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VIEW FROM THE TREEHOUSE
Celebrating the creative life and all that feeds it.
Displaying items by tag: creative motivation
I recently watched a documentary about the comedian Chris Rock. Something he said had a far greater impact on me than I expected and I think it’ll stay with me a long time. Truth be told, I’m hoping it does.
Rock’s a pretty down-to-earth guy, at least that’s how he came across. At one point he was being questioned by reporters about a special he’d done on TV. The interviewers kept asking him things like, ‘What are your hopes for this project? Do you see it taking out any awards? Are you hoping to be nominated for an Emmy?’
Rock seemed a little confused by the questions. As the barrage continued ultimately he shrugged and said, ‘I just want to do good work.’
A calm came over me when I heard those words. Yes, of course! No overthinking it. No lofty, pretentious ambitions. No wanting to grind the opposition to dust. Just the simple desire to do your best.
Implied in the statement (at least to me) is also the understanding you might not always hit the target. That you have no control over how your efforts are received by others. Not everything you do will be equally popular. You just have to give each project your all and hope people like what you do.
Bill Belichick, coach of the New England Patriots, has a similar quote he’s famous for: ‘Ignore the noise.’ His way of getting his players to block out all the hype and turmoil that often surrounds them and focus on what really matters – doing their best out on the field.
These two leaders from very different fields are, to me, saying the same thing: It’s not about external validation, but about turning inward; not about competition with others but competition with yourself. The striving to continually improve and be better today at what you do than you were the day before.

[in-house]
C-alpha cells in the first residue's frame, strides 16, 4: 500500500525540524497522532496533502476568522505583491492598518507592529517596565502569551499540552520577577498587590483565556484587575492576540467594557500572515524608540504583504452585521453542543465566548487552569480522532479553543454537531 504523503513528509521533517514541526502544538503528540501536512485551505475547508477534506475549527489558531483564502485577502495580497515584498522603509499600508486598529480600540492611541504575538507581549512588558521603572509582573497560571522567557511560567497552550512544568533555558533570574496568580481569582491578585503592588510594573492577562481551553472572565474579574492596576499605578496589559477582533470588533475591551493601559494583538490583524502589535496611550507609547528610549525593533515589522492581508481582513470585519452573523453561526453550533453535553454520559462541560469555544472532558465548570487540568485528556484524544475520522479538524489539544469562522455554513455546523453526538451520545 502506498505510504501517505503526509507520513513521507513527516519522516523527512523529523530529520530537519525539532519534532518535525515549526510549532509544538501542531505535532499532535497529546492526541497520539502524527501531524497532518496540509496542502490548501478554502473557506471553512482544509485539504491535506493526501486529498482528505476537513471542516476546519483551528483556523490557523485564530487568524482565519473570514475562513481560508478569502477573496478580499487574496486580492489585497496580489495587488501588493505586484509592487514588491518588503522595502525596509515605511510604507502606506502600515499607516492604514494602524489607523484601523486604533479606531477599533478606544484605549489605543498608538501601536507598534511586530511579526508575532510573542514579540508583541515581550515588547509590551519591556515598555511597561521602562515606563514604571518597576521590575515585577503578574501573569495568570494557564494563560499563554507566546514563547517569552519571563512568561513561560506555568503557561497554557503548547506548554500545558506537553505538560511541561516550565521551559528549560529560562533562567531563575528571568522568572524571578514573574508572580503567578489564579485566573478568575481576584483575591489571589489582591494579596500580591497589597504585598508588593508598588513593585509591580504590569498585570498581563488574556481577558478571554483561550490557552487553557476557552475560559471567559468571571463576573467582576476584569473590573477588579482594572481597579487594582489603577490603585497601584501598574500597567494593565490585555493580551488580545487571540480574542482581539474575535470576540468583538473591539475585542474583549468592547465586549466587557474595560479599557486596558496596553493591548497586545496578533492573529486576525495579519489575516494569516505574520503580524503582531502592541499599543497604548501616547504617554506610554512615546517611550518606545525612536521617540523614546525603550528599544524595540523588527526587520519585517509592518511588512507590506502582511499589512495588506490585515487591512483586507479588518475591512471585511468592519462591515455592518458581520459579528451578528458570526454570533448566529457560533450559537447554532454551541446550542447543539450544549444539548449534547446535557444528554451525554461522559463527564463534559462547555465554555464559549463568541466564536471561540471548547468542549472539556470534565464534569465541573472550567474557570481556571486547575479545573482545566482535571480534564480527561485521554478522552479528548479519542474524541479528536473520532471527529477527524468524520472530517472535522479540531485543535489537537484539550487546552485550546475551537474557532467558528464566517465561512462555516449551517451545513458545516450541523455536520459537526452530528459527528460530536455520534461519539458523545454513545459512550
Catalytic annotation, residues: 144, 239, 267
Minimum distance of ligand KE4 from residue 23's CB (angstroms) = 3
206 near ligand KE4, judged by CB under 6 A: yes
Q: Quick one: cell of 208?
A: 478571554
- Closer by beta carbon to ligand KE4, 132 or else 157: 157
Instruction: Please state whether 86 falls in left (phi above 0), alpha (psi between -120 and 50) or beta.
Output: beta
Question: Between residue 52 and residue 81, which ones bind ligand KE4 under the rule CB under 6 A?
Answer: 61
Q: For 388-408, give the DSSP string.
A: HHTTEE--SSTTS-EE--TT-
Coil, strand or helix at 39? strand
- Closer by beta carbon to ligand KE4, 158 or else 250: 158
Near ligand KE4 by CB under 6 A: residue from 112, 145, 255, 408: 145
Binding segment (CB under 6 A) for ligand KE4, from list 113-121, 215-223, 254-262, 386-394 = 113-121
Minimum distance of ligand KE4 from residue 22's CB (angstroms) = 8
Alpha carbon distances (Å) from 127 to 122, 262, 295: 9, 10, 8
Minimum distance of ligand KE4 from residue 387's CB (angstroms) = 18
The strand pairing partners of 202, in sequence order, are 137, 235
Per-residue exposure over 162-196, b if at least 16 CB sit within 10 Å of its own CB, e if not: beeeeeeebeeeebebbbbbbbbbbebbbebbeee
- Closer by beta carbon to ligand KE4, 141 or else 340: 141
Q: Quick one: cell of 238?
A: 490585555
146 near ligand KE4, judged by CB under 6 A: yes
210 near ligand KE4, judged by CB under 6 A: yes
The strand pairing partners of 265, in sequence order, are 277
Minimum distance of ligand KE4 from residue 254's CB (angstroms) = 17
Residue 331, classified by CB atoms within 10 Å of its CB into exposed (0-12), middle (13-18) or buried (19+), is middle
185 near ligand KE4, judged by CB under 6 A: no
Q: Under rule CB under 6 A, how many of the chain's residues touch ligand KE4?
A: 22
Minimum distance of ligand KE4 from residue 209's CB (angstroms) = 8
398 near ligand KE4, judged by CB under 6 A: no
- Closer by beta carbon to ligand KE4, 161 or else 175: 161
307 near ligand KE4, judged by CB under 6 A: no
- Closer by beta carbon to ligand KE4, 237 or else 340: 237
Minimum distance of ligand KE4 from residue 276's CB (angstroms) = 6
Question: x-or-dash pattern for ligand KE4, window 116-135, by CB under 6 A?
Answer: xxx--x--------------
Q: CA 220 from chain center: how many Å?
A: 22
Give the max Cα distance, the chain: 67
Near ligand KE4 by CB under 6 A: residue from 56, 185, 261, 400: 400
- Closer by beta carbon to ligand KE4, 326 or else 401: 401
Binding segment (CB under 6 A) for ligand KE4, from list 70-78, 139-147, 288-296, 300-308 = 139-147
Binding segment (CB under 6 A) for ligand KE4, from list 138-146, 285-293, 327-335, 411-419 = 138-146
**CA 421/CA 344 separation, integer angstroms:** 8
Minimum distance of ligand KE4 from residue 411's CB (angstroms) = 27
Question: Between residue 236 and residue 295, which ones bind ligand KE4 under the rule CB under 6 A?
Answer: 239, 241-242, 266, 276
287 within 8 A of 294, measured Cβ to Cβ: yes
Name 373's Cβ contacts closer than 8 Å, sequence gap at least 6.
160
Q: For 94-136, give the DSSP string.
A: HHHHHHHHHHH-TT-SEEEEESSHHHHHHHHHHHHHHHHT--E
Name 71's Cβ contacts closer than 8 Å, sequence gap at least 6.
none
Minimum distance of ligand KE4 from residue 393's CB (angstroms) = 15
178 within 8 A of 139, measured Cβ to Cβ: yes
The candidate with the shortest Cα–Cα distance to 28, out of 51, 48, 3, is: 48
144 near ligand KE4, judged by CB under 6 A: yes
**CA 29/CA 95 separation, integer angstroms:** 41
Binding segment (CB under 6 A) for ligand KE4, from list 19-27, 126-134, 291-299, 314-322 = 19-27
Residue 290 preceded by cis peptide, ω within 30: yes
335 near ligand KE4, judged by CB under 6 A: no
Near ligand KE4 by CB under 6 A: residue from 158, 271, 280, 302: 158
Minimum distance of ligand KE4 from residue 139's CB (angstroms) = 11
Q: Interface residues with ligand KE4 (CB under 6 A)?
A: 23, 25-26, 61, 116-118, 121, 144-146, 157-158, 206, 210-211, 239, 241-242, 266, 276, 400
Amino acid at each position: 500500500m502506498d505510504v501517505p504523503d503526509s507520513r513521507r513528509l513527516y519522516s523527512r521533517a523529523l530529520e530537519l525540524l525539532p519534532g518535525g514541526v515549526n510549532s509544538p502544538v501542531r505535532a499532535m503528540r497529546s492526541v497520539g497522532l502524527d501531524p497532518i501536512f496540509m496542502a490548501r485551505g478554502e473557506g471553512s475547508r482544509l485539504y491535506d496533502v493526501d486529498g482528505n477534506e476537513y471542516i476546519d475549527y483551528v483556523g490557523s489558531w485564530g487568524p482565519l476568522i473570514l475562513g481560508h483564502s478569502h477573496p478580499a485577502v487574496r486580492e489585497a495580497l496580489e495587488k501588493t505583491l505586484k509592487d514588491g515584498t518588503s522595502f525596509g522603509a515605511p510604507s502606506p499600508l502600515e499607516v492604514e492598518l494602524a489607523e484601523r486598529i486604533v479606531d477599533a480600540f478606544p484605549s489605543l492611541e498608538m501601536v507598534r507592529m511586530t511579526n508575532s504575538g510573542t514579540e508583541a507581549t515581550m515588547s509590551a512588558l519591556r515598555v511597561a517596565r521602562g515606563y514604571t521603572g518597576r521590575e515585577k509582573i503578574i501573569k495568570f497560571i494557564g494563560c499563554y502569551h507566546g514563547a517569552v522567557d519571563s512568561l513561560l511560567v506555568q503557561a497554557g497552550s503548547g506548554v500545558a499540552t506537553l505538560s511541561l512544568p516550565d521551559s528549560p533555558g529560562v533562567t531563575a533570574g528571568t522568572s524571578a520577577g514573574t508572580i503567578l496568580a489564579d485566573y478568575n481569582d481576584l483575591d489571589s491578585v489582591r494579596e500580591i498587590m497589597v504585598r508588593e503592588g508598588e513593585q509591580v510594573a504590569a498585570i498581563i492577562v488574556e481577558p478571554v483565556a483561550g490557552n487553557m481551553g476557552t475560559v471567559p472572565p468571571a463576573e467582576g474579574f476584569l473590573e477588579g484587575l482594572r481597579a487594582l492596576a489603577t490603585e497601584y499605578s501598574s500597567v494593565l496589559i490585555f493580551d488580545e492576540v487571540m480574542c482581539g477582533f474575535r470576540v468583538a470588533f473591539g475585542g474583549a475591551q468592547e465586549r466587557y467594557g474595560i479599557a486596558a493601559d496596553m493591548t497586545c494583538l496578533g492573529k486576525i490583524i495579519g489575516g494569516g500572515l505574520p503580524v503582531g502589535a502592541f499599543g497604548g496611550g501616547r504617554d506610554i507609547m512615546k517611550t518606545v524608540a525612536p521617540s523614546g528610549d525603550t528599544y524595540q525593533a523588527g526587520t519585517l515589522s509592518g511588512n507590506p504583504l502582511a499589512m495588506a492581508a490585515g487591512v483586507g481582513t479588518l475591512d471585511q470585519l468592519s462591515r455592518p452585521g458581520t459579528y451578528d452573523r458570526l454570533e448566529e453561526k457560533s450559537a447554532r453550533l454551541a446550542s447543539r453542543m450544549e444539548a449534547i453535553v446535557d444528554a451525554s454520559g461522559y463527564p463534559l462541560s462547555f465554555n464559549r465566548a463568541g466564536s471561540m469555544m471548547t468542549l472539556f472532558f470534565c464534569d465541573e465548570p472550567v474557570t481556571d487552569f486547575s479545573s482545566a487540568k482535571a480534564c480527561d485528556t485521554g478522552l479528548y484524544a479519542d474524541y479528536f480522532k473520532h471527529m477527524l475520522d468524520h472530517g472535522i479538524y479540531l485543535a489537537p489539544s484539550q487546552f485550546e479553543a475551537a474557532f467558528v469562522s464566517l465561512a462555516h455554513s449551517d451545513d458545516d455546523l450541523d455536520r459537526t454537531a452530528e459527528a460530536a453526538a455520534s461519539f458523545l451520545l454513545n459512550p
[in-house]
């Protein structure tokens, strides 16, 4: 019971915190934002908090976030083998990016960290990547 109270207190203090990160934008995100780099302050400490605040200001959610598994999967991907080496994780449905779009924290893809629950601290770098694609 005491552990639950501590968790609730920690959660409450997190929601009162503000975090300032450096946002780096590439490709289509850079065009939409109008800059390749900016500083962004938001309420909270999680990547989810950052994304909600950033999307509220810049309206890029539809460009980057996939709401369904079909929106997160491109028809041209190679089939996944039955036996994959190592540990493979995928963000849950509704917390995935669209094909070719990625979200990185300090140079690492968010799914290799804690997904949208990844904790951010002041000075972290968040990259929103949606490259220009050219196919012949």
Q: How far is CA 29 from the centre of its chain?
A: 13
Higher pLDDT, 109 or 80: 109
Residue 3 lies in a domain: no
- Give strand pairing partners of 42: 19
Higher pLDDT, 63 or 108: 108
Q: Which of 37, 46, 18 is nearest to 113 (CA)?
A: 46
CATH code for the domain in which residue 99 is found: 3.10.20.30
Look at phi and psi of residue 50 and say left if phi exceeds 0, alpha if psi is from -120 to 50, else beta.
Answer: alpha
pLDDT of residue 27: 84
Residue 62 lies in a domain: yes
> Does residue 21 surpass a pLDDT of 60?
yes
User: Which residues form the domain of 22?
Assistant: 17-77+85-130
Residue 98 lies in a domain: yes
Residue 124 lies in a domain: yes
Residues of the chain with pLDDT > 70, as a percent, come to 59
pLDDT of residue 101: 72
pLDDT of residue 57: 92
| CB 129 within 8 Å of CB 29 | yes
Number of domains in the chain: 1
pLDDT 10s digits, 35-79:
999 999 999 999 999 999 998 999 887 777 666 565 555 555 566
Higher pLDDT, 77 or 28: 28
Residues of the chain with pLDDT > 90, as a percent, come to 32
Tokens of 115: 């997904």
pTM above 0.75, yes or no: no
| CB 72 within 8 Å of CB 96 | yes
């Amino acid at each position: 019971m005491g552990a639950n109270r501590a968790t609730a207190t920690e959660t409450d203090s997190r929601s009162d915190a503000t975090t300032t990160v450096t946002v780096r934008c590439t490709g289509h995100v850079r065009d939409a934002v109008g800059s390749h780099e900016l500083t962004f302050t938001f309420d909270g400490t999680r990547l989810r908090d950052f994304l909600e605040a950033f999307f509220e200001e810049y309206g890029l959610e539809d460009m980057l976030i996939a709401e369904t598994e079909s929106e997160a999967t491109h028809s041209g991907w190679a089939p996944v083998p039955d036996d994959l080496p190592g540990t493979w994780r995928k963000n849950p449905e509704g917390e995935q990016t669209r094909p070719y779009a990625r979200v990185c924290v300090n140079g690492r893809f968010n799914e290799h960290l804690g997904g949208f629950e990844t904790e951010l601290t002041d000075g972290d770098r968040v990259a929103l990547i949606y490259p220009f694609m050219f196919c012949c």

‘I just want to do good work.’
I think I just found my new mantra.
Following on from my last post, this question of what motivates writers and if any one reason is better than another…
I’ve been reading The Leading Edge by Holly Ransom. In her chapter titled Anchor to Purpose, Holly says, ‘The passion we derive from pursuing our purpose provides us the resolve and resilience to achieve major goals and impact…But in my experience, few people take the time to define their true motivation.’
A little bit further in the chapter she asks, ‘What is the change you want to see before you die? What gets you out of bed in the morning? What keeps you going when you’ve been shot down?’
She cautions readers to take time in answering these questions (A-ha! See, I knew it was important!) so I’ve been thinking a lot about it.
I thought I’d answered this question for myself but Ransom’s book got me wondering if what I believed was my true motivation really is.
I’ve told myself for some time now my main purpose is to move readers with my writing the same way I once moved listeners with my music.
But if I’m being totally honest, I have to admit there’s another side. Deep down there’s also the part of me that wants to take out awards, get rave reviews and be #1 on bestseller lists.
So which is it? If the second is my true motivation…well, it seems so egotistical. Will that selfishness come out in my writing? Should I admit my driving need is to prove myself? Or should I deny my ‘true nature’ and attempt to change my motivation to something a little more altruistic?
When I was ten I remember hearing the Tchaikovski Violin concerto for the first time and having a fire ignite inside me. I vowed I would play that music one day! I wanted those sounds to come out of me. I never asked myself why I wanted it, I just knew I did.